This story originally appeared at American Web Media.
Nature photographers know the importance of luck and timing. Sixty-five-year-old Igno Gerlach is no exception.
Such truth played out again on a recent visit to Germany, where Gerlach was tracking a herd of 18 Icelandic stallions traveling across the Rhineland-Palatinate province. All at once, a young tan horse suddenly fell ill and lost his footing.
Gerlach grabbed his camera right at this moment, though he had no idea of the heartwarming scene that was about to unfold. The rest of the herd quickly gathered around the sick colt, who by now had fallen to the ground, in a collective show of support that seemed aimed at helping him recover from this sudden dizzy spell.
The photographer, who is also from Germany, recounted this heartwarming scene to the Daily Mail: “The stallion went to his knees with his front legs and sank to the ground,” he said. “Finally, he lay down on his side and didn’t move anymore.”
Gerlach sensed that the tan, two-year-old stallion might be tired, though he naturally couldn’t know this for sure. There was also a chance the young colt was seeking a time out in order to scratch his fleas. More than anything else, however, the young animal seemed gripped by an overpowering lethargy, which nary the strength to pull himself back on all fours.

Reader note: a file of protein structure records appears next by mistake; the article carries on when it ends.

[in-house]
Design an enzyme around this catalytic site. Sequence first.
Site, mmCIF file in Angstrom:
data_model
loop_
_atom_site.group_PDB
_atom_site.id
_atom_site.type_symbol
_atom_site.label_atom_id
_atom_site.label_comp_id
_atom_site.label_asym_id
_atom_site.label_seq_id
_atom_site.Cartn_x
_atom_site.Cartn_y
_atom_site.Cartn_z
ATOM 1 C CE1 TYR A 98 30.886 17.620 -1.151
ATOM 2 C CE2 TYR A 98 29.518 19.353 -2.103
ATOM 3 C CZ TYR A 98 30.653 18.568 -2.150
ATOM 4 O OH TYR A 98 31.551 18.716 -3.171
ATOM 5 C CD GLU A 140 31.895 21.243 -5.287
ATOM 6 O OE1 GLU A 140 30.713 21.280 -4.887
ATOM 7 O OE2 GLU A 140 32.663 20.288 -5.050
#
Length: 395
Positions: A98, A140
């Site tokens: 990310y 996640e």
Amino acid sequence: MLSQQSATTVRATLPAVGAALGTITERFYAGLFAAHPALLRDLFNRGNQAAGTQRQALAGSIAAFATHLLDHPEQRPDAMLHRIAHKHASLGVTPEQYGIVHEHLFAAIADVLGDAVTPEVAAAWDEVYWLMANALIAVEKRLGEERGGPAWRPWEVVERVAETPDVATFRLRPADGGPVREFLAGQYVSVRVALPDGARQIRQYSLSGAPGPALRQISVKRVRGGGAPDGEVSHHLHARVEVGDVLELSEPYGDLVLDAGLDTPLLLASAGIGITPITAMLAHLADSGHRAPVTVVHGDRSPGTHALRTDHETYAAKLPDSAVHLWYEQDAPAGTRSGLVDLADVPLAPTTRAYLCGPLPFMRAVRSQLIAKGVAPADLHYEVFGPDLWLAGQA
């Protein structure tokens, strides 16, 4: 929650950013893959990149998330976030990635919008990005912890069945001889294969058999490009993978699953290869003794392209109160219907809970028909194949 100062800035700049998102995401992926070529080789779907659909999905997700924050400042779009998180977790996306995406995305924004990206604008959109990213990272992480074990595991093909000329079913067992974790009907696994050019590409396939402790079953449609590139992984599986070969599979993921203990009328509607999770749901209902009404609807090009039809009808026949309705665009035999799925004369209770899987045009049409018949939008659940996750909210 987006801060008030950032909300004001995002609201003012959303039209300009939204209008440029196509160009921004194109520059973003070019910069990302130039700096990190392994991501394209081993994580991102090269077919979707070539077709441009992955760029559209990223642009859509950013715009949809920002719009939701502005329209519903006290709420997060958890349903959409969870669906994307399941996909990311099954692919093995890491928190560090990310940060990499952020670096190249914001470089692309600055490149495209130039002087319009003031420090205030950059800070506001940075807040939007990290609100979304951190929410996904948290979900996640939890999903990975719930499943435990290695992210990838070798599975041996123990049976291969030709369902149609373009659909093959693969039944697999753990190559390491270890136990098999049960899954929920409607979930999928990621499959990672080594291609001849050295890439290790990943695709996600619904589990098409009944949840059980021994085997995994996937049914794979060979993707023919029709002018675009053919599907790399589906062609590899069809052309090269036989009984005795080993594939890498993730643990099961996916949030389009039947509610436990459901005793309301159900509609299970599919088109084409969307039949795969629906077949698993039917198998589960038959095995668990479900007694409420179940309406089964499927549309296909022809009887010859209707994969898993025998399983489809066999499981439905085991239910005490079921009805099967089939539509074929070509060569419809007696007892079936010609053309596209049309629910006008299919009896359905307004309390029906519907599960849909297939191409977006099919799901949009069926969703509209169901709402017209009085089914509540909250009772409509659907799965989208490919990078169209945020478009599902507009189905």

Regardless, the stallion’s moment of weakness beckoned the rest of the herd, who quickly came to the rescue. “The dark stallion quickly came to the horse lying on the ground to motivate him to stand up,’ said Gerlach, who by now had started filming this sweet rendezvous.
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The video reveals a dark-colored horse nuzzling the sick stallion in a show of compassion and solidarity, before lovingly nipping the tan stallion’s leg to gently nudge it awake. The little love bite seems to do the trick, because the tan horse quickly sits up and unsteadily tries to stand.
Unfortunately, the little horse’s wobbling legs reveal that all is not well. But as his unsteady legs continue to shake, the other horses to rush to his side, rubbing up against his body and nipping his ears as a way to share their energy, support, and strength.
Gerlach was deeply moved by this collective show of compassion, which ultimately helped the young horse finally recover. “Why the other stallions motivated their comrades to get up is just as unclear,” he said. “It seemed as if the stallions were trying to save their herd member from certain death.”
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